Payroll tax cut ends. The temporary payroll tax cut was allowed to expire at the end of 2012. Workers who paid 4.2 percent of their income into the Social Security system in 2011 and 2012 will now resume contributing 6.2 percent of their earnings in 2013, up to the payroll tax cap of $113,700.
Higher Social Security Ceiling. The payroll tax cap increased by $3,600, from $110,100 in 2012 to $113,700 in 2013. Workers who earn more than this threshold don’t need to pay Social Security taxes on that income.
More online Social Security services. A trip to the Social Security office is no longer necessary to start your Social Security payments. A growing number of retirees are claiming Social Security payments online, workers can access their Social Security statements online, including their complete earnings history and expected payments, Social Security added online services including the ability to access a benefit verification letter and payment history, retirees can also change their address and start or change direct-deposit information online.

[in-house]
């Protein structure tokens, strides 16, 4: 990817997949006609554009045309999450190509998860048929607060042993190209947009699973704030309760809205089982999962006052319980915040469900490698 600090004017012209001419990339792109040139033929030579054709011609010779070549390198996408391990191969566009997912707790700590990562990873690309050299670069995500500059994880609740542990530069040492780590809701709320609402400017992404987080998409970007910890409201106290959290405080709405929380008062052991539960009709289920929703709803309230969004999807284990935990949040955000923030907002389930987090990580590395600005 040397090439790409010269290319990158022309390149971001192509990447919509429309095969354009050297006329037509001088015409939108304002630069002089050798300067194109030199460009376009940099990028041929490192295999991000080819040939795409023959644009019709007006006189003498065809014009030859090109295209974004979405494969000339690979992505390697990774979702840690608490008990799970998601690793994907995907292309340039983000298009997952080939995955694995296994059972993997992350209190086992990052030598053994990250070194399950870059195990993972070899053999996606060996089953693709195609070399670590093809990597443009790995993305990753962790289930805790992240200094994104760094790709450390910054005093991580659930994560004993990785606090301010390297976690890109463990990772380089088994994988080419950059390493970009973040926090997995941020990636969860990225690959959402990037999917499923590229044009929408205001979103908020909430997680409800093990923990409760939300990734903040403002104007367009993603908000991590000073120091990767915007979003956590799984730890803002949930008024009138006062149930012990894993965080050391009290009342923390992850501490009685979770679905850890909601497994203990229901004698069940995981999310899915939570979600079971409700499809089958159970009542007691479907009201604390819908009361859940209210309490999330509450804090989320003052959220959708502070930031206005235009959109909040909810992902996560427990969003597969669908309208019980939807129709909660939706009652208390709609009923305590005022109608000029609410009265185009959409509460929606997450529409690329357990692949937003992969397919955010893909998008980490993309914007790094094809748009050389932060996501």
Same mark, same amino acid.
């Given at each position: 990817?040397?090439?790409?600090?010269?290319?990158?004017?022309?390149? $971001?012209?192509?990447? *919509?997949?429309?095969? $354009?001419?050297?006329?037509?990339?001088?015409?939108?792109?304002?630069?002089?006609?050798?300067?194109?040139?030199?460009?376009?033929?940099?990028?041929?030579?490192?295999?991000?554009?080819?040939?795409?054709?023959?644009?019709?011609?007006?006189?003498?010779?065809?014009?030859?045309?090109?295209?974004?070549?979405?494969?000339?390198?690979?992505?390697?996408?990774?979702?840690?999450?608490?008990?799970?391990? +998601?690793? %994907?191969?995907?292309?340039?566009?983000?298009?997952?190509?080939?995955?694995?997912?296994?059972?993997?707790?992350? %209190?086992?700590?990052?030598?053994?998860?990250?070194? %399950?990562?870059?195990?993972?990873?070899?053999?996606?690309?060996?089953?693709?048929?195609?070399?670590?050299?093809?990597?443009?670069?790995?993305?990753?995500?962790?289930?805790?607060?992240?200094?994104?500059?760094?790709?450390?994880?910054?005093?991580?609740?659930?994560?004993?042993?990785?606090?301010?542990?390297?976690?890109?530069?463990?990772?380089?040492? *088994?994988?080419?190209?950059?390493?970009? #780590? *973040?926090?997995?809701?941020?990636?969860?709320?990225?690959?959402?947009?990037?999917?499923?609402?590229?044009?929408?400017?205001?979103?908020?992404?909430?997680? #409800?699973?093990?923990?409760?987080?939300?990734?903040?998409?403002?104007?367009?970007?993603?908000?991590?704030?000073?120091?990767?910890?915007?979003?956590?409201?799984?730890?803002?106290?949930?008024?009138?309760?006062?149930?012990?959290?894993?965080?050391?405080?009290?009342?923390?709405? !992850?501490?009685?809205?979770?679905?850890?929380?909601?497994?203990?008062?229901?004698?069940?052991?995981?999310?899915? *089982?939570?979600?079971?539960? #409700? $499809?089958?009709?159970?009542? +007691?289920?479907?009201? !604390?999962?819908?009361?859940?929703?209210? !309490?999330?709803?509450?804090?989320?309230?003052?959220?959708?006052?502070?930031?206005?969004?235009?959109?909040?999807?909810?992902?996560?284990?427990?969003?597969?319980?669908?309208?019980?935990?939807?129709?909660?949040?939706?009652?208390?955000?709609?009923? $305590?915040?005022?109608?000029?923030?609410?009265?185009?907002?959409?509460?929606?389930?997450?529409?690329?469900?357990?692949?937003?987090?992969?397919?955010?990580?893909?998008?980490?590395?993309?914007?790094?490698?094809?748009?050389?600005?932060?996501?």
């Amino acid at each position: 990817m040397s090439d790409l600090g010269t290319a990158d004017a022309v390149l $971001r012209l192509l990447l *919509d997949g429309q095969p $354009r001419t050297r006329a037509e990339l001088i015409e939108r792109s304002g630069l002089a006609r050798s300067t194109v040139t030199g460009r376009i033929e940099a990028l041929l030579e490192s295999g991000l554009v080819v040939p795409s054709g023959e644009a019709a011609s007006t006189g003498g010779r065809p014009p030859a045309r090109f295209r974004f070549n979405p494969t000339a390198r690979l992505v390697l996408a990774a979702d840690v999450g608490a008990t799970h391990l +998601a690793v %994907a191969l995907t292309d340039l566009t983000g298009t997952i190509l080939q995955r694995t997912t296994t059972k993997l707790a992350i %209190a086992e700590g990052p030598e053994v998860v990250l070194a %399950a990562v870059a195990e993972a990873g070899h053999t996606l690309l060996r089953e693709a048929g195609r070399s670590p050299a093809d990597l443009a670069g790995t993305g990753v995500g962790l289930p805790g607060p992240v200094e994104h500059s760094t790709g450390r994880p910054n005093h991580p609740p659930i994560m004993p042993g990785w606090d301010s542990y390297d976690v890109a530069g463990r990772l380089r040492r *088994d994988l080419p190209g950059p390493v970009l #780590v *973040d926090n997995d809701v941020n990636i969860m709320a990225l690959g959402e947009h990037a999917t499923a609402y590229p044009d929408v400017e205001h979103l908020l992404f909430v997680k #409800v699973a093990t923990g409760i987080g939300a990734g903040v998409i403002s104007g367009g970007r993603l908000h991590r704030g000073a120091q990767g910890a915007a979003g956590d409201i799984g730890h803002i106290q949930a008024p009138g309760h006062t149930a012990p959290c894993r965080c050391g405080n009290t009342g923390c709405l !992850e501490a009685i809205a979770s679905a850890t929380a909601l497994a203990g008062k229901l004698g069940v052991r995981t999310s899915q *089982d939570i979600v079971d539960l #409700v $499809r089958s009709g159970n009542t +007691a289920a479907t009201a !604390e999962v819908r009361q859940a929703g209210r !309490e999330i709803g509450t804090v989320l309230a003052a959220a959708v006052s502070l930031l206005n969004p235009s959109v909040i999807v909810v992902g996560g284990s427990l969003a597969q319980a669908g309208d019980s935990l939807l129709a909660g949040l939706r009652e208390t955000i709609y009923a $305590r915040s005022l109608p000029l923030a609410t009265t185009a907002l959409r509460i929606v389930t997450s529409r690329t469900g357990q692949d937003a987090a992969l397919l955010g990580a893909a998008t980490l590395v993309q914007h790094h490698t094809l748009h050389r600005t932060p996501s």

Reduced office hours. Social Security offices are reducing the hours they are open to the public to save money and avoid paying overtime to workers. Social Security locations nationwide have been closing 30 minutes early each day since Nov. 19, 2012, and they began closing to the public at noon every Wednesday on Jan. 2, 2013.
Paper checks will end. On March 1, 2013, the Treasury department will stop mailing paper checks to Social Security recipients. Retirees will be required to choose to have their Social Security payments either directly deposited into a bank or credit union account or loaded onto a prepaid Direct Express Debit MasterCard.
Higher earnings limit. People between ages 62 and 66 who work and collect Social Security benefits at the same time might have part or all of their Social Security benefit temporarily withheld. Workers between ages 62 and 65 can earn up to $15,120 in 2013, after which $1 in benefits will be withheld for every $2 of income above the earnings limit. People who turn 66 this year can earn up to $40,080, and then $1 of benefits will be withheld for every $3 earned above the limit. However, once you turn age 66, the earnings limit no longer applies. And benefits may be recalculated at age 66 to reflect the withheld benefits and continued earnings.
Bigger payments. Social Security beneficiaries began receiving payments that were 1.7 percent larger in January 2013. The average monthly Social Security benefit in January increased from $1,240 to $1,261 as a result of the cost-of-living adjustment.